Yesterday I received a pretty interesting comment from one of my Twitter followers @NTmatter who wrote:

This is a pretty neat find because currently today, the only network adapter that is functional with an Apple Mac OS X guest running on either VMware vSphere or Fusion is the e1000{e} driver. This update was definitely news to me and after sharing it internally to see if I could find some more details, it turns out this news also came as surprise to the folks internally. Darius, one of the Engineers who I frequently reach out to on Apple related topics did some digging and found out that Apple started to bundle this VMXNET3 driver starting with Mac OS X 10.11 (El Capitan) release. You can find the driver located in /System/Library/Extensions/IONetworkingFamily.kext/Contents/PlugIns/AppleVmxnet3Ethernet.kext

Disclaimer: Given that this VMXNET3 Mac OS X driver was not developed by VMware nor has it been tested by VMware, it currently would not be officially supported by VMware.

If you wish to try out the VMXNET3 driver, you will need to install Mac OS X 10.11 or newer on a VM running on vSphere or Fusion. By default, the only available network adapter type is e1000{e}. To add a VMXNET3 network adapter, you can either manually tweak the .VMX file or you can easily add it by using either the vSphere Web/C# Client or ESXi Embedded Host Client. Below are the instructions on configuring the VMXNET3 network adapter for your Mac OS X guests.

Step 1 - Remove the existing network adapter and then temporarily change the GuestOS type to "Other" (no need to save setting, just update it in VM reconfigure wizard) so that you will be allowed to add a VMXNET3 network adapter. Once you have added it to the VM reconfigure wizard, go ahead and toggle back the GuestOS type to Mac OS X 10.10 and then save the settings as shown in the screenshots below.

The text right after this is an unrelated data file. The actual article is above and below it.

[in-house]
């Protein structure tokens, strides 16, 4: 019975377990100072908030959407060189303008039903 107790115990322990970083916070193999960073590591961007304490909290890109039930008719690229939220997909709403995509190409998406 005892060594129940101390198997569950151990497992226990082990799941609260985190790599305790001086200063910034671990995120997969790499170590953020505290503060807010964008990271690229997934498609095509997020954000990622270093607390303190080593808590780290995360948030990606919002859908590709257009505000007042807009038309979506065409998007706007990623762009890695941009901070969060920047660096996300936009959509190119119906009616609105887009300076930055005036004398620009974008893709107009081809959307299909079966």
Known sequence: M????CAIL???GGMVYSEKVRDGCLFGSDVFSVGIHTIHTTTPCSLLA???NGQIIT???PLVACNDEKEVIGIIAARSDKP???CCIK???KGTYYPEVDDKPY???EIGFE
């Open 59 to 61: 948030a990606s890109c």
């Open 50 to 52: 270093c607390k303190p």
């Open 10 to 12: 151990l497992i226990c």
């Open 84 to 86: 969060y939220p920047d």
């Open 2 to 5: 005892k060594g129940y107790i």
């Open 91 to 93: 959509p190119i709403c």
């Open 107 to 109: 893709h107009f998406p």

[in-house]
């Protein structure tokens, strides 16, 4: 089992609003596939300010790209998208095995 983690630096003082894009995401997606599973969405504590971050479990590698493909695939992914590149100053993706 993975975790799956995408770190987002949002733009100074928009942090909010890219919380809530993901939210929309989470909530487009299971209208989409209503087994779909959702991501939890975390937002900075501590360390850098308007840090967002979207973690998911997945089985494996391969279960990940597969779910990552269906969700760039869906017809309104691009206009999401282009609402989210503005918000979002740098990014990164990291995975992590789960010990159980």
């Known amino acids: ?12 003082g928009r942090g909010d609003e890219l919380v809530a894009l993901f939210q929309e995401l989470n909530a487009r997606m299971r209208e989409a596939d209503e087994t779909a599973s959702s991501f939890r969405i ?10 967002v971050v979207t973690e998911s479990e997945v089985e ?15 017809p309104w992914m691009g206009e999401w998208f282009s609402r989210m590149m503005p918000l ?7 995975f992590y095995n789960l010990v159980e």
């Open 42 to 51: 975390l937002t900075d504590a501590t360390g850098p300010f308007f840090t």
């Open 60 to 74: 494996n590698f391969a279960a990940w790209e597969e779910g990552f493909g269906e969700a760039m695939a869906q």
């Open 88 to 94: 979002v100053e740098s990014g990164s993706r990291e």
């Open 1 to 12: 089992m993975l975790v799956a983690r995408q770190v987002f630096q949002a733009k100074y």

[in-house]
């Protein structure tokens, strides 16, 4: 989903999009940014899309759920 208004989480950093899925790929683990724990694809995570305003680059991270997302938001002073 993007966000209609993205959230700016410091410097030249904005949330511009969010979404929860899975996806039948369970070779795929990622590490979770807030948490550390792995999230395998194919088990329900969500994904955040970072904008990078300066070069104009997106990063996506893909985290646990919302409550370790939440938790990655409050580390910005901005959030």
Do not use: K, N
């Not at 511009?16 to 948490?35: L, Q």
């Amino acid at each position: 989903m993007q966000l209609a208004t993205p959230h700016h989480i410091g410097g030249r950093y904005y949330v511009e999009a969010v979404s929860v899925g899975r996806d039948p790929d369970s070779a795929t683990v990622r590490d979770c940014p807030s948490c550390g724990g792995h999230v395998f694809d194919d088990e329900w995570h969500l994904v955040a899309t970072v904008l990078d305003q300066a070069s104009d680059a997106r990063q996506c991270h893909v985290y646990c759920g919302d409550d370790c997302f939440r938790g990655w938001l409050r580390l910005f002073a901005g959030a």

Step 2 - Open a terminal inside of the Mac OS X guest and run the following command to load the VMXNET3 driver:

sudo kextload /System/Library/Extensions/IONetworkingFamily.kext/Contents/PlugIns/AppleVmxnet3Ethernet.kext

Step 3 - You can verify that the VMXNET3 driver was successfully loaded by running the following command:

kextstat | grep -i vmxnet3

Once the driver has been loaded, you should now have networking connectivity to your Mac OS X VM using the VMXNET3 network adapter. Below is a screenshot of the system info showing the VMXNET3 network adapter.

In addition to having an optimized networking when using the VMXNET3 driver, the other benefit is being able to get a link speed of 10GbE which is something customers have been inquiring about when virtualizing Mac OS X guests. Below is a screenshot of the media link shown in this Mac OS X 10.11 guests.

Although this a great development for Apple customers who uses VMware vSphere and Fusion, it also does raise an interesting question on whether Apple would be officially supporting this VMXNET3 driver going forward? If I do receive any more details on this, I will update the article. Until then, you can play with this new capability if you are running Mac OS X 10.11 or greater on VMware. Big thanks to Thomas for this great find and sharing it with the VMware Community!

7 thoughts on “VMXNET3 driver now included in Mac OS X 10.11 (El Capitan)+

  1. This is absolutely awesome. I have requested a vmxnet3 vNIC since years. Now I am able to use my 10GbE Infrastructure at home. Many of my customers will love that hidden feature, too.

  2. Interestingly, the copyright in the Info.plist file (at least on a 10.11.6 system) is:

    Copyright © 2014 Francesco DiMambro. All rights reserved.

    Who is that? Maybe the Apple employee who wrote it and forgot to replace the placeholder Xcode project copyright with the standard Apple one (more like “Copyright © 2002-2013 Apple Inc. All rights reserved.”)

  3. I am using Mac OS X 10.6 on my virtual machine but I can’t use VMXNET3 driver on this Mac OS X 10.6 virtual machine because it does not support but now it is possible I can use vmxnet3 with Mac OS X 10.11 . Thanks for this update.

  4. i tried to just add a new network interface instead of replacing the existing one and it worked without needing to manually load the kext.
    i think the load of the kext is needed only because en0 was already linked to standard driver.
    if the vmnet3 type is selected at installation, it should work directly.

    since i now have both interface i will stress them both to see how it goes.

  5. I get a strange behaviour … can add a vnic with the vmxnet3 driver….can ping the VM … but strangely the VM does not resolve …. no DNS resolving works …. the VM can ping……….anyone seen that ?…. (and yes DNS is correctly configured 😉

Thanks for the comment!